Lipids: The Role of Lipid Metabolism and LipidomicAuthor(s): Dr. Abdullah Mo. Khan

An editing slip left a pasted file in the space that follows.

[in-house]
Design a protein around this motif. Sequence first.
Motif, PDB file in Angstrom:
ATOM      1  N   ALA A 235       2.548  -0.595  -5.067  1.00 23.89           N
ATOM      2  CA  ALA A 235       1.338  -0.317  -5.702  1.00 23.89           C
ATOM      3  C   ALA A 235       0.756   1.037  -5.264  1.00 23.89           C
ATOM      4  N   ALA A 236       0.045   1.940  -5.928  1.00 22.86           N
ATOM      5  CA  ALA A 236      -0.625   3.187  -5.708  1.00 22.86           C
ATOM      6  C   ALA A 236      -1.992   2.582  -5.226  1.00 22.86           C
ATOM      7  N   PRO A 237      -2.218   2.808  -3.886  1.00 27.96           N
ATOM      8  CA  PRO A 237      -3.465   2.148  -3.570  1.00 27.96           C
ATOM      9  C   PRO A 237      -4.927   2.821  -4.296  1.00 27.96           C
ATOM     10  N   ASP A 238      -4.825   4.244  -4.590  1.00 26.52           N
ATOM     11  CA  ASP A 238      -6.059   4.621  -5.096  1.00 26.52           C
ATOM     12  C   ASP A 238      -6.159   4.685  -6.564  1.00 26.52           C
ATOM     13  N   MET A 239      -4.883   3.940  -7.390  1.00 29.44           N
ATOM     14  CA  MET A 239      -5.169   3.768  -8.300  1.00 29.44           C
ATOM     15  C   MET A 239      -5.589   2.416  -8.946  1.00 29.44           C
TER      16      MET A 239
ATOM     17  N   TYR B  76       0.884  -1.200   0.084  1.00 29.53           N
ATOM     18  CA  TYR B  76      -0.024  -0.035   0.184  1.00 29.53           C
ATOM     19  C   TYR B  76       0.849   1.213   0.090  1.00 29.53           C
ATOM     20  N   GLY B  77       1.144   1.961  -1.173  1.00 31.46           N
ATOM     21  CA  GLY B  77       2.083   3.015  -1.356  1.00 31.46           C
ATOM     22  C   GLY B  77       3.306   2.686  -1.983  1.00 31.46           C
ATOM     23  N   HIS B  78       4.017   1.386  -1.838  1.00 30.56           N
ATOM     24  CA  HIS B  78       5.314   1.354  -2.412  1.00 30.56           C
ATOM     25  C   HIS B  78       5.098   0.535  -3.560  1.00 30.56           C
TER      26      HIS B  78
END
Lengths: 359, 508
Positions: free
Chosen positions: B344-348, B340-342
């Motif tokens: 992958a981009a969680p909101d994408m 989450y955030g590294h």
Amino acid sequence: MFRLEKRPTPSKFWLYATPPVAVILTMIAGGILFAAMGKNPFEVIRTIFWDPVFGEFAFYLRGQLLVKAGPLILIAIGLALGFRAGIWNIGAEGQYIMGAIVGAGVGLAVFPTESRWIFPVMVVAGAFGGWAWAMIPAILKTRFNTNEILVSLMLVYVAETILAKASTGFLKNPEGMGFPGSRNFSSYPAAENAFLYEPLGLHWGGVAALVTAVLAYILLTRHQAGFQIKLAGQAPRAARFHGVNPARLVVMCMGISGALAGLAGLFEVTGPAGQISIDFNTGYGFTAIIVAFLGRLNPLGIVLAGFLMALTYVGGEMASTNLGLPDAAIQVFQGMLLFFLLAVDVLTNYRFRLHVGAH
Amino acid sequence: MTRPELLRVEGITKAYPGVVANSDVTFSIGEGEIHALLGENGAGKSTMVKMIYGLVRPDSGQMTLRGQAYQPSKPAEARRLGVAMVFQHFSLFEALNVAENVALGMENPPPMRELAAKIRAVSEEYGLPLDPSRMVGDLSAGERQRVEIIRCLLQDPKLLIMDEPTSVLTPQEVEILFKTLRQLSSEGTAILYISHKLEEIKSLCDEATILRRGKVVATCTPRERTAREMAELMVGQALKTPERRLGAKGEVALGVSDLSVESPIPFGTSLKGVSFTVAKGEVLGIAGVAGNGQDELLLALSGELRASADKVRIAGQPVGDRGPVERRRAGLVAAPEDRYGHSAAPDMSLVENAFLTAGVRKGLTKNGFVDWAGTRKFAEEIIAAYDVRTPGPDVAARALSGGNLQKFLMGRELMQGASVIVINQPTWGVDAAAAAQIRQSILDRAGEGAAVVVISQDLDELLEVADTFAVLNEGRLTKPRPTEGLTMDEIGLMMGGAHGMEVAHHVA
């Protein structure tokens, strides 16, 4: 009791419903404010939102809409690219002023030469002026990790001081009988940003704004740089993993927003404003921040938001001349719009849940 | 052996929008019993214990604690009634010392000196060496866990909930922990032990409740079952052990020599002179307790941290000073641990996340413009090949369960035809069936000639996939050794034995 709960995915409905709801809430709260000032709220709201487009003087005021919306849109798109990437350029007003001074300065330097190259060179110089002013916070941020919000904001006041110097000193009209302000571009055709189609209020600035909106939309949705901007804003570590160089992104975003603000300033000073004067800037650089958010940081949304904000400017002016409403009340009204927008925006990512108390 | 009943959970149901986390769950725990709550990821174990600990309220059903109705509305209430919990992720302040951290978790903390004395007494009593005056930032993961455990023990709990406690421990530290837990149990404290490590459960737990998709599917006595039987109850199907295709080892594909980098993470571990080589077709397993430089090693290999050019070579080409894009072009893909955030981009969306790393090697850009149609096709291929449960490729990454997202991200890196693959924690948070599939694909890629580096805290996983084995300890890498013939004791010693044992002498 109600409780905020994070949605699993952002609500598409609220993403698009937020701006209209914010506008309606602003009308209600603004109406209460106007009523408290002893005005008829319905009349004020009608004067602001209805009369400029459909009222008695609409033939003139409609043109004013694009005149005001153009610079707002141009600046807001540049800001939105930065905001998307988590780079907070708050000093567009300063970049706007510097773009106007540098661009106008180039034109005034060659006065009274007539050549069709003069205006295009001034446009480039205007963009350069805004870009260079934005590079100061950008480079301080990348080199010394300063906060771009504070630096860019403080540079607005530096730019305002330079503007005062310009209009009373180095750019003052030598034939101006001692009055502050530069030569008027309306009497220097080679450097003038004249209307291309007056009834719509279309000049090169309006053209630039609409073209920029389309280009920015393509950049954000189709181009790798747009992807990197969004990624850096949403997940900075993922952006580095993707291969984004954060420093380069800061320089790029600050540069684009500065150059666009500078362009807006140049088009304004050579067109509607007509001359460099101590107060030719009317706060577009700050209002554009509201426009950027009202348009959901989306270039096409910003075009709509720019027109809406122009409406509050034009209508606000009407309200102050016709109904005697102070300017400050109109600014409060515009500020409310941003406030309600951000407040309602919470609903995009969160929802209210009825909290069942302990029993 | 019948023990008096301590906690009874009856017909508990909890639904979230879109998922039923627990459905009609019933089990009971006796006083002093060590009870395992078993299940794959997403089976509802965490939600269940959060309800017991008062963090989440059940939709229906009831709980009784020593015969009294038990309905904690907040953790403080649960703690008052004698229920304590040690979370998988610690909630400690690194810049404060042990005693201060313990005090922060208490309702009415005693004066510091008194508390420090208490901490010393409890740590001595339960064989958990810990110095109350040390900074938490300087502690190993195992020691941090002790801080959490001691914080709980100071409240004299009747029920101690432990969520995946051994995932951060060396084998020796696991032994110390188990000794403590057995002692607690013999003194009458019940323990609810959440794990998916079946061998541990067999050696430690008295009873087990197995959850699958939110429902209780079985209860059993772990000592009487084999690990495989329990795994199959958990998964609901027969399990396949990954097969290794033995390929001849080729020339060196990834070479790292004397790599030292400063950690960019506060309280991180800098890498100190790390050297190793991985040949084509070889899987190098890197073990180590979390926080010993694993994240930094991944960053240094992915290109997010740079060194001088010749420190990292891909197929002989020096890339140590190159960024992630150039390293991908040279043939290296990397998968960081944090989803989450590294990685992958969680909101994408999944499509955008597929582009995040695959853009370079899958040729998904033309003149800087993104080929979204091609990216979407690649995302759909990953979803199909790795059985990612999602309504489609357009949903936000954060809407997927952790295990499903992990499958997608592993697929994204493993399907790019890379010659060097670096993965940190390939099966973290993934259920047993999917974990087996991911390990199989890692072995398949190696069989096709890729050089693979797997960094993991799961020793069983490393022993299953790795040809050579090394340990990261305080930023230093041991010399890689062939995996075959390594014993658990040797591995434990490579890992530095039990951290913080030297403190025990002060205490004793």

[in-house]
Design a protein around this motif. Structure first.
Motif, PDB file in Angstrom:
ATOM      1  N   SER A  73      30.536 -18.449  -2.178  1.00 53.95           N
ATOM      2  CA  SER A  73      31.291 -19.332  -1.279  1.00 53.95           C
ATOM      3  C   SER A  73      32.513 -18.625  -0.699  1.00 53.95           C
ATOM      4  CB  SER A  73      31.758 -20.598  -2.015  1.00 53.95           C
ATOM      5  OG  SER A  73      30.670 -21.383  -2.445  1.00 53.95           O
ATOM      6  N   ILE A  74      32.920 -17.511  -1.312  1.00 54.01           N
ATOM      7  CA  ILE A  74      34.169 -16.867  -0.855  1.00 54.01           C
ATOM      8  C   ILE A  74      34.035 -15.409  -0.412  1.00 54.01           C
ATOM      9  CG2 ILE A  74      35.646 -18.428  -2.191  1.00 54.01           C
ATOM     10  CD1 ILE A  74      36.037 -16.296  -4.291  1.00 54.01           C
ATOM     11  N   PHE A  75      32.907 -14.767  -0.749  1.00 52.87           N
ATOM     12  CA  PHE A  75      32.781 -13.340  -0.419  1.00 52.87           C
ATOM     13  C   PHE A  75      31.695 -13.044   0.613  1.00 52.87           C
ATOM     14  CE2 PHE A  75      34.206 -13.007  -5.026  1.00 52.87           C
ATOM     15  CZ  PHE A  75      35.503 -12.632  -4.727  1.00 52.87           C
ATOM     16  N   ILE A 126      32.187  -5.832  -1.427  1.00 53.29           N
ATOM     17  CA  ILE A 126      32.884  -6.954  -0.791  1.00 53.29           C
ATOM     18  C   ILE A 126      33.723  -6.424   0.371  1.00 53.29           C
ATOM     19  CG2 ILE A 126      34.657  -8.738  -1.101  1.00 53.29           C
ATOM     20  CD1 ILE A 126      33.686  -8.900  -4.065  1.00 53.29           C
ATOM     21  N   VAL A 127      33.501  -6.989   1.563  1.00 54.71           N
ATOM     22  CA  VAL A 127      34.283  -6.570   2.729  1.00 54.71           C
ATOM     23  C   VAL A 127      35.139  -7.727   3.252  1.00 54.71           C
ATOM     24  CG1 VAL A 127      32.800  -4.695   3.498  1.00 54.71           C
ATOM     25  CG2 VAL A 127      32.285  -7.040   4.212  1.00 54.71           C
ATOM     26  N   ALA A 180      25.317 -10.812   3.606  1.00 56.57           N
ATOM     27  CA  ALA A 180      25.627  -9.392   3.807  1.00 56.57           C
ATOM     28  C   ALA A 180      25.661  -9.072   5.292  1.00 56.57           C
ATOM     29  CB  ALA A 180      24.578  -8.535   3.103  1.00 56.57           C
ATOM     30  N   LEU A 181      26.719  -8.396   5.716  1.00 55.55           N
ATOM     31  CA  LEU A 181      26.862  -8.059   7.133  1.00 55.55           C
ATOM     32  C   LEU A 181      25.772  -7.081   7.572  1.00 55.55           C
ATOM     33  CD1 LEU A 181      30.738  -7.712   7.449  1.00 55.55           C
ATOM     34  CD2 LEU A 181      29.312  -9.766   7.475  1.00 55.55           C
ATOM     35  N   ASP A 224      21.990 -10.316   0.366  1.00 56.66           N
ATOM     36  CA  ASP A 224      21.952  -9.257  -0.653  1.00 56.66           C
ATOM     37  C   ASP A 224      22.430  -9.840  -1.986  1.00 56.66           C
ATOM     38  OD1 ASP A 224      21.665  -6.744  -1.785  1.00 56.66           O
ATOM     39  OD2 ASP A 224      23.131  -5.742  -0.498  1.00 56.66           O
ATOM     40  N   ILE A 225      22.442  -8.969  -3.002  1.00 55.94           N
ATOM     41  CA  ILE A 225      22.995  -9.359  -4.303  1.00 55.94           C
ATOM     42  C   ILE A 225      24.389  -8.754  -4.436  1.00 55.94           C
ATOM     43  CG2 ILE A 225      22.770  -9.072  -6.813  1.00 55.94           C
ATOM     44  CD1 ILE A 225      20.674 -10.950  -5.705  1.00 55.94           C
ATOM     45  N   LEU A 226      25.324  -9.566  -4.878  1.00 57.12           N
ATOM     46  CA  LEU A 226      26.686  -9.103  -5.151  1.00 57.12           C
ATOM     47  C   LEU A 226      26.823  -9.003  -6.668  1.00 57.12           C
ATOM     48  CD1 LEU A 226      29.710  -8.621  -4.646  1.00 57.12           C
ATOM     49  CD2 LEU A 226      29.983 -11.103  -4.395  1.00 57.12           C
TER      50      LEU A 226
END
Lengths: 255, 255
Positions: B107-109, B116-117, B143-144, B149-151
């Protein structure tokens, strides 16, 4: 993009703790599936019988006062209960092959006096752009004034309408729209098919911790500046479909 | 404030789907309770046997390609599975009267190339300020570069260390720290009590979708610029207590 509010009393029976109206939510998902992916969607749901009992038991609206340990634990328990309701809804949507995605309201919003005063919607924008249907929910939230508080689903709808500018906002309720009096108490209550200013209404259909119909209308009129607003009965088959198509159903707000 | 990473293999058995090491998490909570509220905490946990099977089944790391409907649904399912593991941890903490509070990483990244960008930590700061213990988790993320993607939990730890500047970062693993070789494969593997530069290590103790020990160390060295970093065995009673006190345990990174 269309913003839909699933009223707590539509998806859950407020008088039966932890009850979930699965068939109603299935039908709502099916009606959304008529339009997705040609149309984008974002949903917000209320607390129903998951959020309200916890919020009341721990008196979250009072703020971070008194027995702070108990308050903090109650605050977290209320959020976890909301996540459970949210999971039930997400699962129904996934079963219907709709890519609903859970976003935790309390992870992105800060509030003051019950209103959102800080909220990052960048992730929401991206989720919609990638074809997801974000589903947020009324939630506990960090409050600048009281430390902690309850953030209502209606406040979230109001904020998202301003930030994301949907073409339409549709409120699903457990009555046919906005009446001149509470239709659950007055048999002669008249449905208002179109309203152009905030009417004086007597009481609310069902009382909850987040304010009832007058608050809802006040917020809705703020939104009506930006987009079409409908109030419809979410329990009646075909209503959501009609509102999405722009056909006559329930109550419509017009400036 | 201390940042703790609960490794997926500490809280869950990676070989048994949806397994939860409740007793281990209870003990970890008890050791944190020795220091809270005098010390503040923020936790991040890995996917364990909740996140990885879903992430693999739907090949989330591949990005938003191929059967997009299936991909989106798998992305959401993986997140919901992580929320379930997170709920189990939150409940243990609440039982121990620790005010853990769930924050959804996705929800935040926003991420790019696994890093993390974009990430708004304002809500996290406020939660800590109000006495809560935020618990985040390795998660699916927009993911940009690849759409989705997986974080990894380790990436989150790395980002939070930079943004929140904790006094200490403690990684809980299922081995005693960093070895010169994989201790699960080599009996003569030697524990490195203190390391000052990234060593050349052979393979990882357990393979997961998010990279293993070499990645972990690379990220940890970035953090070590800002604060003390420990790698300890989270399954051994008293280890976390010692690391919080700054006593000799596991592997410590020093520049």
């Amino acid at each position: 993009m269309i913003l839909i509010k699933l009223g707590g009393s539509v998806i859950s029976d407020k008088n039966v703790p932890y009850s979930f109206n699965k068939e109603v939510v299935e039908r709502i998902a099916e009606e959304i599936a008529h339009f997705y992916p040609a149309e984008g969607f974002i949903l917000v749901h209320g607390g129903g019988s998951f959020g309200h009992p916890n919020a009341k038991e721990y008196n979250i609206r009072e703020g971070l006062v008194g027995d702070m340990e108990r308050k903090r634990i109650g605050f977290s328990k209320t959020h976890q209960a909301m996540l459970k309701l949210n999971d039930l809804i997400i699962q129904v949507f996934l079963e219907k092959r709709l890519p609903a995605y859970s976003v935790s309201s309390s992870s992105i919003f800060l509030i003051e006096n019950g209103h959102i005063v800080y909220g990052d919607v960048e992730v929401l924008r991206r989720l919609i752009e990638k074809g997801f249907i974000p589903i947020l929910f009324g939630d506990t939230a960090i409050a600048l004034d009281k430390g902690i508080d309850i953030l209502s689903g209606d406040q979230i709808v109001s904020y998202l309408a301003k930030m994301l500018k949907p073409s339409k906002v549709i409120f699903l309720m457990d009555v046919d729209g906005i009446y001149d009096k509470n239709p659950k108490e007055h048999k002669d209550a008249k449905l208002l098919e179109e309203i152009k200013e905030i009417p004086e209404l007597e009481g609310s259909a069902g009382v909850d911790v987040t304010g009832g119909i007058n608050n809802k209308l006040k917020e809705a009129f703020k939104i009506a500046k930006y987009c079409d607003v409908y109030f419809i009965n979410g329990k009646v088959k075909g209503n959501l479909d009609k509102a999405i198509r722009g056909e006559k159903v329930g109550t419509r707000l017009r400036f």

Fats and lipids are common ingredients in food and may have important functions. Their types may be more important than their numbers when it comes to health and disease. The purpose of this review is to provide a summary of the data regarding the impact that functional lipids have on human health. Numerous diseases can be prevented and treated with the help of functional lipids, according to recent research. Omega-3 and omega-6 fatty acids, conjugated linoleic acids, medium chain triglycerides, phytosterols, and other functional lipids have numerous beneficial effects on human health, including the treatment and management of depression, blood pressure, cardiovascular health, and obesity. The production of eicosanoids, which are the metabolites of these series of fatty acids, is controlled by the ratio of omega-3 to omega-6 polyunsaturated fatty acids. Supplemental and dietary forms of functional lipids have been shown to have positive effects on healthy individuals as well as encouraging improvements in patients. A growing body of research suggests that lipid metabolism plays a significant role in aging. Nematodes, fruit flies, mice, and rats all live longer thanks to numerous lipid-related dietary, pharmacological, genetic, and surgical interventions. For instance, both worms and flies can live longer if their genes for ceramide and sphingolipid synthesis are affected. Caenorhabditis elegans lives longer when fatty acid amide hydrolase or lysosomal lipase is overexpressed, while Drosophila melanogaster and C. elegans live longer when diacylglycerol lipase is overexpressed. Adipose tissue removal surgically increases rats' lifespan, and both flies and mice's survival is improved by an increase in apolipoprotein D expression. The genetic deletion of diacylglycerol acyltransferase 1, treatment with the steroid 17-estradiol, or a ketogenic diet can also extend the lifespan of mice. In addition, a progeria mouse model in which the phospholipase A2 receptor is deleted has better health span parameters. Human aging has been linked to a number of lipid-related variants, according to genome-wide association studies. Apolipoprotein E's epsilon 2 and epsilon 4 alleles, for instance, are linked to extreme longevity and neurodegenerative diseases with late onset. Triglyceride levels tend to rise in humans as they get older, while lysophosphatidylcholine levels tend to drop. It has also been demonstrated that certain sphingolipid and phospholipid blood profiles alter with age and are linked to exceptional human longevity. Blood lipids probably represent a rich source of human aging biomarkers and suggest that lipid-related interventions may extend human health spans.